Lynden Christian boys’ golf coach Dana Hagen had some special words for sophomore Erik Vander Velden before the start of the 2015 season.
“He’s one of the hardest workers I’ve ever seen on the golf course,” Hagen said in a phone interview in March.
With that hard work, Hagen believed it was possible Vander Velden could make state in just his second year. Fast forward two months and Vander Velden is headed to the Class 1A State Championships, which start on Wednesday, May 27, at Sun Willows Golf Course in Pasco.
Golf is Vander Velden’s only sport he plays competitively so he has plenty of time to spend focusing on the course.
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“Probably seeing the improvements from match to match,” Vander Velden said in a phone interview. “Each round the scores get lower and you can see the hard work you put in working.”
That effort has not only helped Vander Velden but also the rest of the Lyncs team, which is sending four golfers to state.
“He’s definitely showing what hard work can do. So younger players and other players can see what hard work gets you,” Hagen said in a phone interview. “If you’re not working hard at golf, not continually trying to improve, you’re going backward.”
While the 2015 version of LC’s boys’ golf team isn’t the most talented group the Lyncs’ coach has ever seen, there’s a special quality this group has and that’s personified by Vander Velden’s work ethic.
“They never stop fighting; they love each other, and they play that way,” Hagen said. “They like to hang out together. That’s key, that breeds success.”
For the Lyncs to be in the trophy hunt at state, they’ll have to qualify two golfers for the second day, and Vander Velden just may be the one to join No. 1 golfer Lincoln Olson on day two.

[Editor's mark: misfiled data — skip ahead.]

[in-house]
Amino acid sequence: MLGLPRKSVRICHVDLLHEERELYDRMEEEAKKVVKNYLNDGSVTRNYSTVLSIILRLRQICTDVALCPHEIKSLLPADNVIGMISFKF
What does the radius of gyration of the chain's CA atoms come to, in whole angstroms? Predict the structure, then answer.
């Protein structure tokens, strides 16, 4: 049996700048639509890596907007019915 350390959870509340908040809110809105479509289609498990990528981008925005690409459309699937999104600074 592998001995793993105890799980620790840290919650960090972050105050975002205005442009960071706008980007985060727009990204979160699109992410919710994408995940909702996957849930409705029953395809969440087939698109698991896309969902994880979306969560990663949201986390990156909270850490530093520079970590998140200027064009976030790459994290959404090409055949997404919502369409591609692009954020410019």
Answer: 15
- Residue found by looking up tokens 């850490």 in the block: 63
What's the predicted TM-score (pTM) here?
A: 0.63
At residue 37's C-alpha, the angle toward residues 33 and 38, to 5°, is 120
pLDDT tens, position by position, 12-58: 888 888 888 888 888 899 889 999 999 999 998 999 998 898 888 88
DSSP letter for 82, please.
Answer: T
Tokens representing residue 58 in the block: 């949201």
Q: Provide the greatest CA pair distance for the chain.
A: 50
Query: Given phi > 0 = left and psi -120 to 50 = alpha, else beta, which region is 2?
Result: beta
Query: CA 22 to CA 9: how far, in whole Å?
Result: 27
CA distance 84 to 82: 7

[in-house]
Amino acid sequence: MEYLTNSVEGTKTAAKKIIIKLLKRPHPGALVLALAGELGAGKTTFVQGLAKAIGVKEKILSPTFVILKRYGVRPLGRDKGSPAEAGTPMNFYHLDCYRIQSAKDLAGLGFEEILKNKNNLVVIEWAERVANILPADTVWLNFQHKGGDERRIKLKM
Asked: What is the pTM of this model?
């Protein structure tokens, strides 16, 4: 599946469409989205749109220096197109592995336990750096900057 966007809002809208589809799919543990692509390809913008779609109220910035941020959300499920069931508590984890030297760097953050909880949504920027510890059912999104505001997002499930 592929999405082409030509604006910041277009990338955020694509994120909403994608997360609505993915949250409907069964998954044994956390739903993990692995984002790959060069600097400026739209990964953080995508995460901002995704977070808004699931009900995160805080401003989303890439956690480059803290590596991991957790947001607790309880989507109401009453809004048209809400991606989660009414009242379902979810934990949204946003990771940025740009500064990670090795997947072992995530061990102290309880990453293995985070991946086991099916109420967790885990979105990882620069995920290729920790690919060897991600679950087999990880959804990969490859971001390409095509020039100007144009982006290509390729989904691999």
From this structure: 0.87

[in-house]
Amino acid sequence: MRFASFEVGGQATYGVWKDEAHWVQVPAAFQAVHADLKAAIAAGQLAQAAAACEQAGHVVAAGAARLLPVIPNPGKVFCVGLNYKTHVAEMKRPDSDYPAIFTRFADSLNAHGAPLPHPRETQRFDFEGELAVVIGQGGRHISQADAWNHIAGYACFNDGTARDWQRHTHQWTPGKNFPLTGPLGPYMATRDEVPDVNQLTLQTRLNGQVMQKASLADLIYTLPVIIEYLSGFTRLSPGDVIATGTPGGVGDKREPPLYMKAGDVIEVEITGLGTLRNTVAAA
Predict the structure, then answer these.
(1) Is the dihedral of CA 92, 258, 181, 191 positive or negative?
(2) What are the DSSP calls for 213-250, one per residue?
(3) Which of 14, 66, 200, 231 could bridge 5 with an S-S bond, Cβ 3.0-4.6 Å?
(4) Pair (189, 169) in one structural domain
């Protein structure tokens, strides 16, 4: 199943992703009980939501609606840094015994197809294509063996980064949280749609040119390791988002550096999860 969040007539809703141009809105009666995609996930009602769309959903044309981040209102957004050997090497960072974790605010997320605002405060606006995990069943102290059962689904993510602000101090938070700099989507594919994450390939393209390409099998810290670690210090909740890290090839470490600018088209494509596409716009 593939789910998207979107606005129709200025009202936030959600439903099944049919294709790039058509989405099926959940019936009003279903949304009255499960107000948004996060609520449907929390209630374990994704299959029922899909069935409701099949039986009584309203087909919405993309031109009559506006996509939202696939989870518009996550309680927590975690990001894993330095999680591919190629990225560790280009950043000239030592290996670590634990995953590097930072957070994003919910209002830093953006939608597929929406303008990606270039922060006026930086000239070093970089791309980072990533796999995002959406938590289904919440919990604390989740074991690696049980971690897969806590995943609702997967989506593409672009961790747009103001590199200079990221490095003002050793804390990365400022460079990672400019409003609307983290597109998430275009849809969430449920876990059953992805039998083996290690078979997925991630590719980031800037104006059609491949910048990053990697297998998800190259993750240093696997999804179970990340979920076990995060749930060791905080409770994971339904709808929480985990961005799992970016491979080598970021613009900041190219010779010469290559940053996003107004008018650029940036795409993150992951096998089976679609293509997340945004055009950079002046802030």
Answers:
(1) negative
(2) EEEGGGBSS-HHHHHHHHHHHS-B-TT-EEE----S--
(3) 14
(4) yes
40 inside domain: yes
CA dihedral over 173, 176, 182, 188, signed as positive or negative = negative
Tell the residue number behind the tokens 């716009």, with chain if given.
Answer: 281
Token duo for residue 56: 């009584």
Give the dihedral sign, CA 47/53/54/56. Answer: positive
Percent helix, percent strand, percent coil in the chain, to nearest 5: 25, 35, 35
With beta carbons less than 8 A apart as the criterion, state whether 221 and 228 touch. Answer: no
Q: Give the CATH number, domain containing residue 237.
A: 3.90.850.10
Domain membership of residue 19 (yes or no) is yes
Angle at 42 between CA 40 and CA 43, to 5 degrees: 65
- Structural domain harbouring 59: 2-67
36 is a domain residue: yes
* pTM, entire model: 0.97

Vander Velden isn’t the longest hitter so the drier conditions of the east side course should help, as will his improved short game that he knew he had to work on, Hagen said.
“He doesn’t hit the ball super long so he has to have a better short game,” Hagen said. “He realizes that and as he gets stronger, it will only help his game.”
The difference, though, will be keeping his emotions even-keeled, something the sophomore has struggled with at times.
Hagen said he can tell how Vander Velden’s playing by his body language, and as round takes its ups and downs, he can often lose steam at the end of rounds because of the emotional roller coaster he takes.
“I just try not to let my emotions get the best of me. That’s very difficult sometimes,” Vander Velden said. “It feels good when you have a good shot, but I try not to let the bad shots get to me.”
However, the emotion is what makes Vander Velden so talented.
“We’re finding he needs to be fired up to play well. When he goes out and focuses on not being emotional, he doesn’t play as well,” Hagen said. “He needs that fire to get him going. ... The state experience will be great for him.”
The cut should hover in the mid-80s, Hagen said, and with a course that plays to Vander Velden’s strengths, there’s no reason to believe he couldn’t make the second day.
“It’s a pretty good course. It’s shorter. That works well for me because I don’t hit it that far,” Vander Velden said. “I think if I have a good day, I can play pretty well there.”
And Hagen knows sometimes the best comes out of players in high-pressure situations, something he’s hoping for out Vander Velden, Lincoln Olson, Kaden Sterk and Travis Roosma.
“I’ve had kids in the past that shot their career-best at state,” Hagen said. “I’m pretty excited to see how they respond.”